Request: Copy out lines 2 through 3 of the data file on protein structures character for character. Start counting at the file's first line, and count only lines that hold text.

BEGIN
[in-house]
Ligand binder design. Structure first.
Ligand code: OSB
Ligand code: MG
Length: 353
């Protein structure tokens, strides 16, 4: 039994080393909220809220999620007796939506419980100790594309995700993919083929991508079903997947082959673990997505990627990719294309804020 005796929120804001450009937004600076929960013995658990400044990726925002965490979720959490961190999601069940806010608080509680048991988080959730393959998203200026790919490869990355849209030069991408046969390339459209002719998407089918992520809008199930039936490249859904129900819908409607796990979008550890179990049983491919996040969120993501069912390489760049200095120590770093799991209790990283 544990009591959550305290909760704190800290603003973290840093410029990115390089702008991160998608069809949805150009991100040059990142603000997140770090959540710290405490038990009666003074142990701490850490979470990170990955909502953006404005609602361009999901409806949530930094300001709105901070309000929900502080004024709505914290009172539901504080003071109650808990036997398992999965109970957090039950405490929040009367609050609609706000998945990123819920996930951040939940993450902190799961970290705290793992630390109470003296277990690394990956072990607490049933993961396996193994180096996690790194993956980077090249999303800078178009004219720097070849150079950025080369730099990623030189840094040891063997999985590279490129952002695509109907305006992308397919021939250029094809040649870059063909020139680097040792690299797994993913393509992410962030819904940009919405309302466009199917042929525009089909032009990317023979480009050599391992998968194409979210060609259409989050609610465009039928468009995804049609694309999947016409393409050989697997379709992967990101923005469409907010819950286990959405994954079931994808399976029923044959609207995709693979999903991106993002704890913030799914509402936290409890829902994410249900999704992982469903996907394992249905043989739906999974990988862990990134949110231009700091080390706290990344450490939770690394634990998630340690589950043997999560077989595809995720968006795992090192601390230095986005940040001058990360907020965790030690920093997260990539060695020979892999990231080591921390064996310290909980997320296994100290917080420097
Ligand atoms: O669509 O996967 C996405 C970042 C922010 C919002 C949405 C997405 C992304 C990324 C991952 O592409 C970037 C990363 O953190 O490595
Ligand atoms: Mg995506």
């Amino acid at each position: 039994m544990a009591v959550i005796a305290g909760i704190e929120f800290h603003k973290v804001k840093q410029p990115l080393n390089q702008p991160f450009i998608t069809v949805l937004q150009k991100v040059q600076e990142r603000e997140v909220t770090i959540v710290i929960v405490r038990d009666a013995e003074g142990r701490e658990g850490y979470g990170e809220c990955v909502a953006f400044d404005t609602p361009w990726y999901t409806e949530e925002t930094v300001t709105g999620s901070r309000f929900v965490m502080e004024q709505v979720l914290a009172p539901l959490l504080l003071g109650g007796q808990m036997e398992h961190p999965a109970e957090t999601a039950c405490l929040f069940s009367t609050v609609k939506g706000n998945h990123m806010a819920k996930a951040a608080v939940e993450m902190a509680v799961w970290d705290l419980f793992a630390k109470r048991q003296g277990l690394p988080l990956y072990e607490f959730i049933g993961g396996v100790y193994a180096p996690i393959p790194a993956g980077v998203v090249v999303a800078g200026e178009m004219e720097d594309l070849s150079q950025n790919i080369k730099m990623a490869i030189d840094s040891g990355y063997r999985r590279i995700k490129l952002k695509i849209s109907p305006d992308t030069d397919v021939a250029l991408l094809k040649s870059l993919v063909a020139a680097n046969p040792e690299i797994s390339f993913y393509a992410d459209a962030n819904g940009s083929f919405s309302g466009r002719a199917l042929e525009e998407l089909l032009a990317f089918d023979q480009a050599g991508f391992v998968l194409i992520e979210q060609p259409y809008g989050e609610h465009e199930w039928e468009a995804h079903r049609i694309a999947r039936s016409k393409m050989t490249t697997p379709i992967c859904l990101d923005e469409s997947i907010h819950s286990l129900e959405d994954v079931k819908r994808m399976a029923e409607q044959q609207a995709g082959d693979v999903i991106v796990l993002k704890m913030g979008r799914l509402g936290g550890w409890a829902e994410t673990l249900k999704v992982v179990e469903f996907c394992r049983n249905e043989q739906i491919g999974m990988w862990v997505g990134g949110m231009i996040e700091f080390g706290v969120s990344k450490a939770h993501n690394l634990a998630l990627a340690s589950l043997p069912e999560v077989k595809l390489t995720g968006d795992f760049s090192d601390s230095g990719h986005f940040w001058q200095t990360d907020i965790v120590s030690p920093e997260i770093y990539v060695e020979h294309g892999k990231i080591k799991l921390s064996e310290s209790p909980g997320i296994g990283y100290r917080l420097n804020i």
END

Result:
Ligand binder design. Structure first.
Ligand code: OSB